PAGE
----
Damon talks wine…
Roussette de Savoie ‘Cuvée Emilie’ 2017
Sommelier Damon Little introduces one of his favourite finds from the Savoie.
Roussette de Savoie ‘Cuvée Emilie’ 2017, Domaine Idylle, Savoie, France
The Savoie seems to be the underdog of wine regions when compared to the more famous regions of Burgundy and Loire. The appeal for us is that there is untapped quality in abundance if one is willing to take a closer look. The most respected white grape of the region is called Altesse, known locally as Roussette, hence the appellation name of Roussette de Savoie.
We work closely with a domaine located in Cruet, halfway between Chambery and Albertville. The domaine is aptly called Domaine de L’Idylle as it lies on the south facing slopes of the Isere Valley within the boundaries of ‘Massif des Bauges’ National park. It was established in 1840 and the 20 hectare estate is owned by brothers Phillipe and Francois Tiollier. They make a wine we absolutely cherish for its high quality, depth of flavour and complexity, but above all its ability to work with our food.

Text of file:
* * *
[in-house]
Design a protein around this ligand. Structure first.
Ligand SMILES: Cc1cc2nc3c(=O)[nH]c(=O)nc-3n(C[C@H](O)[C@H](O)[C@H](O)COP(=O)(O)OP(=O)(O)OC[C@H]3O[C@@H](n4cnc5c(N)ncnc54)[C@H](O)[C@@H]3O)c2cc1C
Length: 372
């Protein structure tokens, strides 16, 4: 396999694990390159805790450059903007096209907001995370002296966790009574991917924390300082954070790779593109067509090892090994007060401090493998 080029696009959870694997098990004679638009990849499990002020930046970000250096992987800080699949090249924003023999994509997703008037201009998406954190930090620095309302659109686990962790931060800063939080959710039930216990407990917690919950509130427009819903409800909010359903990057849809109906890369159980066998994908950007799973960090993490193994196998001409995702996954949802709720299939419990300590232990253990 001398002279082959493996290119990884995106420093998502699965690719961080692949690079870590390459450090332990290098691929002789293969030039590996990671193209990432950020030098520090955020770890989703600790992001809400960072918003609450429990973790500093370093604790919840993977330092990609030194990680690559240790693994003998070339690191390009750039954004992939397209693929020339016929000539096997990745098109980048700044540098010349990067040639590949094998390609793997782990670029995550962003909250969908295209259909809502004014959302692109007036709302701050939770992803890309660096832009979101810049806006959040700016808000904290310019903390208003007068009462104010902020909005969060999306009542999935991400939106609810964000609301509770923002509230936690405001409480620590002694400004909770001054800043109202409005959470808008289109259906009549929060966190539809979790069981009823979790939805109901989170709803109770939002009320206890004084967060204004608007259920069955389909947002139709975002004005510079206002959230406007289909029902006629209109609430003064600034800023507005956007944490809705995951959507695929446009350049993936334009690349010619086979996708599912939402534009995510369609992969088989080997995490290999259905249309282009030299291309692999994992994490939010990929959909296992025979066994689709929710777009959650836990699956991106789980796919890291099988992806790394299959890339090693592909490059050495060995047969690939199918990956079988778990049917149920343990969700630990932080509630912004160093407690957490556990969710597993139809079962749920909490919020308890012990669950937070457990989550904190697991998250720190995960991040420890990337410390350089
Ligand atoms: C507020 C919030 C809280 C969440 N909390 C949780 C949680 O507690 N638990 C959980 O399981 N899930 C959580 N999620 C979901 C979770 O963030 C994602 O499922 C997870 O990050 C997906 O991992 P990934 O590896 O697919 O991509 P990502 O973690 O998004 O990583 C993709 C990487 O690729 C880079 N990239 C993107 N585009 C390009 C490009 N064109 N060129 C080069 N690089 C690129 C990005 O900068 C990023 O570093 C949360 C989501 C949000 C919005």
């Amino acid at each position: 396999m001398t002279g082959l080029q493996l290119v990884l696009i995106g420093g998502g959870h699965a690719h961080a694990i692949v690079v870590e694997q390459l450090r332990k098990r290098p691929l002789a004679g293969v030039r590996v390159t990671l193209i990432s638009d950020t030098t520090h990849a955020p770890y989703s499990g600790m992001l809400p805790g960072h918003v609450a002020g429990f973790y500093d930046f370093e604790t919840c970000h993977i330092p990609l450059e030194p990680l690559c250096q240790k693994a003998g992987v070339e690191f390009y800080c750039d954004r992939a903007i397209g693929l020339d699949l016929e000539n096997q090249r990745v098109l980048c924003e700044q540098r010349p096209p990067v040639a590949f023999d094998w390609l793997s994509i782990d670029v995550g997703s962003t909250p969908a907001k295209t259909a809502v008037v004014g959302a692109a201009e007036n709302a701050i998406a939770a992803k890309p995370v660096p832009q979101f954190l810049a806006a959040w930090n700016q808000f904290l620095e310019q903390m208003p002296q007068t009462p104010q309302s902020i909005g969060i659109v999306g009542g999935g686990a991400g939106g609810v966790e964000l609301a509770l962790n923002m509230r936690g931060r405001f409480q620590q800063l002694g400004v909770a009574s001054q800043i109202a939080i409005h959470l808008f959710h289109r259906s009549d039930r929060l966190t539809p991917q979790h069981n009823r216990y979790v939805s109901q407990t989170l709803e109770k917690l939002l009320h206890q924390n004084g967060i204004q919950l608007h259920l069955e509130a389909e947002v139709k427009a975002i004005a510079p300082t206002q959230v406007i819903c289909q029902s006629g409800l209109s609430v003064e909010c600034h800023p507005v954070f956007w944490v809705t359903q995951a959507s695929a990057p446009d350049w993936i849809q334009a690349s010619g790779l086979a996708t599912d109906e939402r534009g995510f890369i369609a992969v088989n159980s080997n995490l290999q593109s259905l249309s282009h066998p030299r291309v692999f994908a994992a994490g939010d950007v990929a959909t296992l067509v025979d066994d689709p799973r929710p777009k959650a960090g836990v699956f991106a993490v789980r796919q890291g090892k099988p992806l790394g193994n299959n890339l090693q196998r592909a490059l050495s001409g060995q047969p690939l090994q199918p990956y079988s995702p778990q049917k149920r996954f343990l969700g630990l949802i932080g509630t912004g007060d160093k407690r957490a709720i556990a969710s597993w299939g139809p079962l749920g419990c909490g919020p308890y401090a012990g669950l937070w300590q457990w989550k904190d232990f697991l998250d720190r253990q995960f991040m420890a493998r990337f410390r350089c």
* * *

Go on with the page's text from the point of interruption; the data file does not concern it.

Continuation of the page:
The wine is known as Cuvee Emillie. It is made from 100% Altesse grapes, picked by hand from vines averaging 30 years old, grown on stony alluvial topsoil that sits above a Marl bedrock. Marl is a lime-rich rock which influences a chalky mineral backbone on the palate giving these wines great structure. The cool climate conditions create wines with very persistent acidity that balances the rich body of these wines. Grapes are pressed immediately following harvest. The juice is left to settle for 36-48 hours and then decanted into stainless steel tanks for fermentation at 16°C-18°C. Half of the wine undergoes a malolactic conversion. This process creates a lovely buttery type flavour by converting harsh malic acid into lactic acid and releasing diacetyl. Admittedly, it sounds very technical but is a natural process.
The outcome is a wine that has incredibly pronounced aromas of butterscotch, honey and brown butter, with caramelised notes of stone fruit. All of these aromas follow on to the palate seamlessly which is where it becomes fascinating, as all those characteristics are associated with sweetness, but the wine finishes perfectly dry and mineral which means we can pair it to quite punchy flavours without the worry of it overpowering the variety of flavours the seafood has to offer.